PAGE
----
• Hostels

There’s a bit of a tradition of working for a place to stay in a hostel. If you’re okay scrubbing toilets, doing the laundry, and making beds, then ask around to see if there are any availabilities where you are. It might make you a daily stipend, and a place to sleep, if nothing else.

  • Import/Export

Okay, this one is a bit silly, but some people have luck with it. If you find something you think would sell well in another country, try purchasing it from one place and reselling it in another place. This could be anything from food, to little tchotchkes, to clothes. This might work better if you’re sending it all to yourself, back home, and selling from there. After all, this is how import/export businesses get started. All groundwork.

  • Translator

Can you read and write in another language? Try out your skills locally!

  • Interpreter

Same goes for being able to speak in another language.

  • Tour Guide

Some places have guidelines as to who can have a tour guide license, but if you’re willing to go through the hoops, being a tour guide can be a great way to make money. Especially if you’re speaking English in a foreign country. Many tourists look for a tour guide they can easily understand, and one who will make jokes they understand. Not only can you charge American prices, but it can also be a great way to make friends for when you go back to America.

  • SCUBA Instructor

Of course, this only works when you actually have the certifications. But if you have them, try looking for work on a beach somewhere. SEA and South/Central America are both popular locations that are looking for English-Speaking instructors to give lessons.

  • Skiing/Snowboarding Instructor

Same idea, but with snow. If you know how to ski, or snowboard, and are willing to give lessons, ask around and see if a ski lodge is hiring, or go solo as a freelance instructor.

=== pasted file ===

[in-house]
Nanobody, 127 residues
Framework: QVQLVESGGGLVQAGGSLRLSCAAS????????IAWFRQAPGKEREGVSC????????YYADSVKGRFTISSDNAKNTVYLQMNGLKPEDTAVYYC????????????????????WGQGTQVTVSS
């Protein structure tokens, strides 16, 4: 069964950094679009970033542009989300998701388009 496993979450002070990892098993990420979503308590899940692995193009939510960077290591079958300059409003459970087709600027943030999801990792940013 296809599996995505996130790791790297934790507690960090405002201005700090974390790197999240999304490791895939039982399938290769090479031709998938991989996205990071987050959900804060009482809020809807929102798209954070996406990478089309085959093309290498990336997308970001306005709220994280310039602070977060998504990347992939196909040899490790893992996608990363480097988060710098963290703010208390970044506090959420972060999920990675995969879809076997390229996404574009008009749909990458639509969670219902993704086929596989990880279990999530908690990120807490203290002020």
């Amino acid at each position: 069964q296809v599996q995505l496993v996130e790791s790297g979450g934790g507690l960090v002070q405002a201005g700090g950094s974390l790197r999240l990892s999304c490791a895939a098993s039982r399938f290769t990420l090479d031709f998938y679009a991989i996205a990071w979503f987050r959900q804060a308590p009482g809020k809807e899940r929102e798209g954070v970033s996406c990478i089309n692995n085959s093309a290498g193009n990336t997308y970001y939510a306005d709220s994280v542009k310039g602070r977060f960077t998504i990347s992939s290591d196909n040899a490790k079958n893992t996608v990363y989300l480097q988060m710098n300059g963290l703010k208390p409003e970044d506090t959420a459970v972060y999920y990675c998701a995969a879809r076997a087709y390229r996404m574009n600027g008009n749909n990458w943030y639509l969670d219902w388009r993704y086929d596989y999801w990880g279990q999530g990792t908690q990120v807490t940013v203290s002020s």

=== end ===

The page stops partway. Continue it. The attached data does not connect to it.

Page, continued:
• Au Pair

Probably one of the most famous foreign-worked jobs. If you like kids, know how to cook, and know a few words of a foreign language, look into being an Au pair. The field is heavily dominated by women, since most families look for women, however the few times I looked for a job, I had tons of offers because they had ‘two young boys who needed someone with lots of energy to throw them around.’ Needless to say, I passed on those jobs. Usually, being an au pair will come with a weekly stipend and a place to sleep. I would only recommend it only if you like children. More often than not, the stipend is far below what you’re worth and the lodging is either a room, or less than a room. (I once couch surfed with a friend who was an au pair in Paris. She had her own ‘apartment’ that was smaller than a car.)

  • Resort Worker

Resorts in both beach locations and snow locations are always on the hunt for English-speaking workers for the season. If you have a ‘working holiday’ visa (or found someone to give you work under the table), a resort can be a great way to pass a season.

  • Timeshare Salesperson

Kind of a joke. But, if you happen to be living near a timeshare resort, and a have knack for selling, there is money to be had in selling timeshares.

  • Teach English

More often than not, people who teach English will have a college degree and be placed through a program. If you have a degree, and don’t mind working with a program, try teaching English. Most programs will also help you sort out lodging and visa issues.

  • Camp Counselor

This can be anything from a summer camp in Upstate New York, to a high-end resort camp for wealthy children. One of my old teachers found summer work teaching wealthy children photography. It paid $2,000 a month, for 3 months, and came with free weekend trips to different cities. A job like this can be had if you have a skill to sell. You don’t need to be amazing, just better than 10 year olds.

  • Yoga/Tai Chi/Qi Gong Teacher

If you’re in good shape and you have a knack for flexibility, try getting a yoga teaching certification, if you don’t already have one. Cruise ships, resorts, and hostels will sometimes offer classes, and you could be the instructor. Or, if you prefer, you could offer a class in a local public park with a drop-in price. This seems to work very well from what I see when I travel.

  • Surfing/Windsurfing/Parasailing Teacher

Again, if you have the certification, you can try your luck finding work at a resort, or on a beach. If you have the start-up cost, you can work for yourself, or work for another company if you don’t have the funds.